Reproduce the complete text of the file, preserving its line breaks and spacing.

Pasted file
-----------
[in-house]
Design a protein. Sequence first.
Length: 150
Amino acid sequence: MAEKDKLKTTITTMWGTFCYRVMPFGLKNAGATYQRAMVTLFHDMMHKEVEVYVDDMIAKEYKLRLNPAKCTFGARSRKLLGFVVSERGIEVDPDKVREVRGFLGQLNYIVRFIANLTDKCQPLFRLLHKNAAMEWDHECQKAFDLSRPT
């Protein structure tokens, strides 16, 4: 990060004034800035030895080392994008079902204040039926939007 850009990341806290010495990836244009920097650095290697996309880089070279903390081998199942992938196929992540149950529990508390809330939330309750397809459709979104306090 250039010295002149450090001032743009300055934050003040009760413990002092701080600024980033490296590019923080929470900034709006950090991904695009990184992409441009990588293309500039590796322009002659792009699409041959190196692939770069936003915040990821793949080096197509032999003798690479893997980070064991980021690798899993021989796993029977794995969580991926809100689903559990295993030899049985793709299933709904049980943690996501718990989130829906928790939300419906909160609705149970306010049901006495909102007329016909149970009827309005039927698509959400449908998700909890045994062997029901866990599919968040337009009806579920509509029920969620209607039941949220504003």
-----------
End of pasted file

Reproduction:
[in-house]
Design a protein. Sequence first.
Length: 150
Amino acid sequence: MAEKDKLKTTITTMWGTFCYRVMPFGLKNAGATYQRAMVTLFHDMMHKEVEVYVDDMIAKEYKLRLNPAKCTFGARSRKLLGFVVSERGIEVDPDKVREVRGFLGQLNYIVRFIANLTDKCQPLFRLLHKNAAMEWDHECQKAFDLSRPT
């Protein structure tokens, strides 16, 4: 990060004034800035030895080392994008079902204040039926939007 850009990341806290010495990836244009920097650095290697996309880089070279903390081998199942992938196929992540149950529990508390809330939330309750397809459709979104306090 250039010295002149450090001032743009300055934050003040009760413990002092701080600024980033490296590019923080929470900034709006950090991904695009990184992409441009990588293309500039590796322009002659792009699409041959190196692939770069936003915040990821793949080096197509032999003798690479893997980070064991980021690798899993021989796993029977794995969580991926809100689903559990295993030899049985793709299933709904049980943690996501718990989130829906928790939300419906909160609705149970306010049901006495909102007329016909149970009827309005039927698509959400449908998700909890045994062997029901866990599919968040337009009806579920509509029920969620209607039941949220504003």